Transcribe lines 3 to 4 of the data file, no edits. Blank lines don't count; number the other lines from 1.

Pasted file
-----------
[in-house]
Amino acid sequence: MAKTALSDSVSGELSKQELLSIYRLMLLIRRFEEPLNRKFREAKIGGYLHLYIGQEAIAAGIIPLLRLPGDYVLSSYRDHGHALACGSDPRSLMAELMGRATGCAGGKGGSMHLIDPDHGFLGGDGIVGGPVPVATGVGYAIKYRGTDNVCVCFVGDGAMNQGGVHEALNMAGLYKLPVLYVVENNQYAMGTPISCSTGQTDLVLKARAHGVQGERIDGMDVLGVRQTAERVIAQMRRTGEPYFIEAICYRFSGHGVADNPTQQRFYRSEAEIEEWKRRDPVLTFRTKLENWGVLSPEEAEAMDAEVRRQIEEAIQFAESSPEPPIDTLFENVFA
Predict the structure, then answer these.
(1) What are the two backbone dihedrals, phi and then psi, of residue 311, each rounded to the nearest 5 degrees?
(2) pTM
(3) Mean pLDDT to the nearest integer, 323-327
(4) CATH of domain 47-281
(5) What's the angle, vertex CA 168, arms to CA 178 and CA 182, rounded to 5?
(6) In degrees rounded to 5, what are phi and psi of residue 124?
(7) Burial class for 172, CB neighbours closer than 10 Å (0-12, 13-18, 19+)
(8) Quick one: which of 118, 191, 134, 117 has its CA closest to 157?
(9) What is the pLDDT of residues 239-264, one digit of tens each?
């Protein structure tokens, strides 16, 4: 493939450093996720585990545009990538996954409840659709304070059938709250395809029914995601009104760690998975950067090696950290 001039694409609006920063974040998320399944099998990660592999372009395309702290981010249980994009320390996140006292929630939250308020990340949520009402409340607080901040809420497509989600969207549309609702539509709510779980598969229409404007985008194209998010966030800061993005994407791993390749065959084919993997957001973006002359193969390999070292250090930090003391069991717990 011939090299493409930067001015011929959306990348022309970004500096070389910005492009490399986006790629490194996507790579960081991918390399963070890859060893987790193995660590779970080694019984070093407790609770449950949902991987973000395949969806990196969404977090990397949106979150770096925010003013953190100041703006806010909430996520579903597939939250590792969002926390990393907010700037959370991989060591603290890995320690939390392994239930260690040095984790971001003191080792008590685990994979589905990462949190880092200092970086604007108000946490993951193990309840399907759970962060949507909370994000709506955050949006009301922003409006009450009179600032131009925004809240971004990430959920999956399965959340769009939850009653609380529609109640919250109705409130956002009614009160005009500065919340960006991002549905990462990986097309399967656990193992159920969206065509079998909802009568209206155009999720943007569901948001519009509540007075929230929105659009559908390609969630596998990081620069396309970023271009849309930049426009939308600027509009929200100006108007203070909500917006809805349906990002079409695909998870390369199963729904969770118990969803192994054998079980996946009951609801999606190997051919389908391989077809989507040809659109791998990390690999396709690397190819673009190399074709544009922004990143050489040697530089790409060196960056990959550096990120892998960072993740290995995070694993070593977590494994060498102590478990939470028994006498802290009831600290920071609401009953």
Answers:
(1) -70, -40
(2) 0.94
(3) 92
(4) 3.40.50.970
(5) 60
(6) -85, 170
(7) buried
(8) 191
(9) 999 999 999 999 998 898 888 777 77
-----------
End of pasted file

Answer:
Predict the structure, then answer these.
(1) What are the two backbone dihedrals, phi and then psi, of residue 311, each rounded to the nearest 5 degrees?